Scientific Evidence

A 2015 study examined the effects of deep pressure stimulation from weighted blankets and found a 33 percent reduction in stress, as measured by a test of physiological signs of arousal. Among the participants, 63 percent reported feeling a decrease in anxiety, and 78 percent said they found using a weighted blanket a preferable way to increase their level of calm.

Hormonal Effects

The changes to nervous system activity that come from deep pressure stimulation are accompanied by a cascade of changes to hormones, which also contribute to lower anxiety and generate feelings of calm. These hormonal changes can also be beneficial for sleep.

  • May stimulate oxytocin: This hormone can stimulate feelings of attachment and closeness and generate a deep sense of calm. Oxytocin also plays a facilitating role in sleep. This hormone is one of several that’s involved in regulating our sleep-wake cycles.

  • Can decrease cortisol: Research shows deep pressure stimulation reduces levels of cortisol, an alerting hormone that plays a central role in the body’s stress response. The stimulating effects of cortisol make it difficult to fall asleep and stay asleep throughout the night.

  • Can increase serotonin: Research also shows that deep pressure stimulation increases serotonin, a “feel-good” hormone that helps keep you in a more relaxed state, day and night. Serotonin helps to stabilize mood and regulate energy levels and also contributes to regulating sleep-wake cycles.

How to Use a Weighted Blanket

The short answer is, just like you would any other blanket! When selecting a weighted blanket, you want one that’s heavy enough to exert the pressure you need, but not so heavy that it excessively restricts your movement, feels uncomfortable, or causes you to overheat in bed. Those effects can all be counterproductive to sleep. (That’s why we determined 12 pounds of blanket weight to be optimal for anxiety relief, relaxation, and sleep.)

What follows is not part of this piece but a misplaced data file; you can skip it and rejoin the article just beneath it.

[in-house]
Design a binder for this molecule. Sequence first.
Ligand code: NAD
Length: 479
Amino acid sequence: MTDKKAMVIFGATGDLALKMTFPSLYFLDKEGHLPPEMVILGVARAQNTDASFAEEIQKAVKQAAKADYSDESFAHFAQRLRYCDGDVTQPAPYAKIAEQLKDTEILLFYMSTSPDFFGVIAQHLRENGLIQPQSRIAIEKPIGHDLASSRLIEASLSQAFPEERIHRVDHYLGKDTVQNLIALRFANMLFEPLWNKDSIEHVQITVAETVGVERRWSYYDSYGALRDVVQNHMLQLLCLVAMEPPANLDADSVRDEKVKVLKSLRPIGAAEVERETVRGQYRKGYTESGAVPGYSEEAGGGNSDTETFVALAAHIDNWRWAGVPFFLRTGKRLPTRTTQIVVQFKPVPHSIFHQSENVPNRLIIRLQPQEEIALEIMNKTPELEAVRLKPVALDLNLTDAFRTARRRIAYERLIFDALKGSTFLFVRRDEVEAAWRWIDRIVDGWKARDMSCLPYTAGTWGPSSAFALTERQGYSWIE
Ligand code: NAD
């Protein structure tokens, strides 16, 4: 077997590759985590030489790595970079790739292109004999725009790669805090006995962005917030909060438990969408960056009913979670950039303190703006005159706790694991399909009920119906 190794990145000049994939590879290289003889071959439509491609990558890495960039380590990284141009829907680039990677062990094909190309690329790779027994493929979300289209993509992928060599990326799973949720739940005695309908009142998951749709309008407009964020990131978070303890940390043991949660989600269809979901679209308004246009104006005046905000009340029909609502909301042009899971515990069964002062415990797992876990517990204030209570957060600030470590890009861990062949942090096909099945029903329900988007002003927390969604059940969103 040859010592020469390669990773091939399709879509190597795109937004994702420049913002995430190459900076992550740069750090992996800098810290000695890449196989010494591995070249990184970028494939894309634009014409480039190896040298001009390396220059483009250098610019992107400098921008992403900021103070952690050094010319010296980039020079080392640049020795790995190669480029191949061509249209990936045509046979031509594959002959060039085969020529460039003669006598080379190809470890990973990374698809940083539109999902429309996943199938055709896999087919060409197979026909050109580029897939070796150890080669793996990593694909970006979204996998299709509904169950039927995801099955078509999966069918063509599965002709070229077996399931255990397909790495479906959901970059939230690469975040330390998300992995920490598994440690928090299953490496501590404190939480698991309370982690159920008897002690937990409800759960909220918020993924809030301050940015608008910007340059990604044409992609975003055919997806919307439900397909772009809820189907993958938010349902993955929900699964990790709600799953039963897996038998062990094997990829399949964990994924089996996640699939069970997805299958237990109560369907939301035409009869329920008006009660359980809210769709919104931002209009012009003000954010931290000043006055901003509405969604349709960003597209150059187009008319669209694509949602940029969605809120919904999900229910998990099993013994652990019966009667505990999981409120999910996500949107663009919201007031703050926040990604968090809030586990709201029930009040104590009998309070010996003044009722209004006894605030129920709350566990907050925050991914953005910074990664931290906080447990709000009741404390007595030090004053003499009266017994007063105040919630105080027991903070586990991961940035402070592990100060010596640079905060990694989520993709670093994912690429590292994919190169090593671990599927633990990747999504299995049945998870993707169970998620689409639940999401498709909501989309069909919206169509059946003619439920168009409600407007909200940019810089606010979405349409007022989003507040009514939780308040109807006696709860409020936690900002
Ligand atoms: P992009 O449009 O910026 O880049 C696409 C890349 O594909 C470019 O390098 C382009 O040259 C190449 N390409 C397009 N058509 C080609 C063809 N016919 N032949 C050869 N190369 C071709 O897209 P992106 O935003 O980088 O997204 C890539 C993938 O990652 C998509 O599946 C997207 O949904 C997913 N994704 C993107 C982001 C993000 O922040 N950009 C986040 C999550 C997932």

You may find yourself more inclined to sleep with less clothing with a weighted blanket—go for it! I’m a proponent of sleeping in the nude. (Among other benefits, it may help you stay at a healthy weight, which I wrote about recently.) Go ahead and shed some layers, and let the blanket do the work of keeping you warm and swaddled.

Don’t Forget Your Sleep Hygiene

A weighted blanket can help you to de-stress, relax, and relieve anxiety. It can help you fall asleep more quickly and sleep better over the course of the night. But it can’t do ALL the work of a good night’s rest. You still need to pay attention to the basics, which are key for healthy sleep:

  • Sticking to a consistent sleep schedule, with regular bedtimes and wake times
  • Avoiding too much light exposure at night
  • Not eating too heavily at night and close to bedtime
  • Consuming alcohol only moderately, and ideally not within a few hours of bed
  • Getting regular exercise
  • Managing stress and supporting mood with relaxation practices, including meditation

Let me know what you think of the weighted blanket, and how it works to help you sleep better.

Sweet Dreams,

Michael J. Breus, PhD, DABSM

The Sleep Doctor™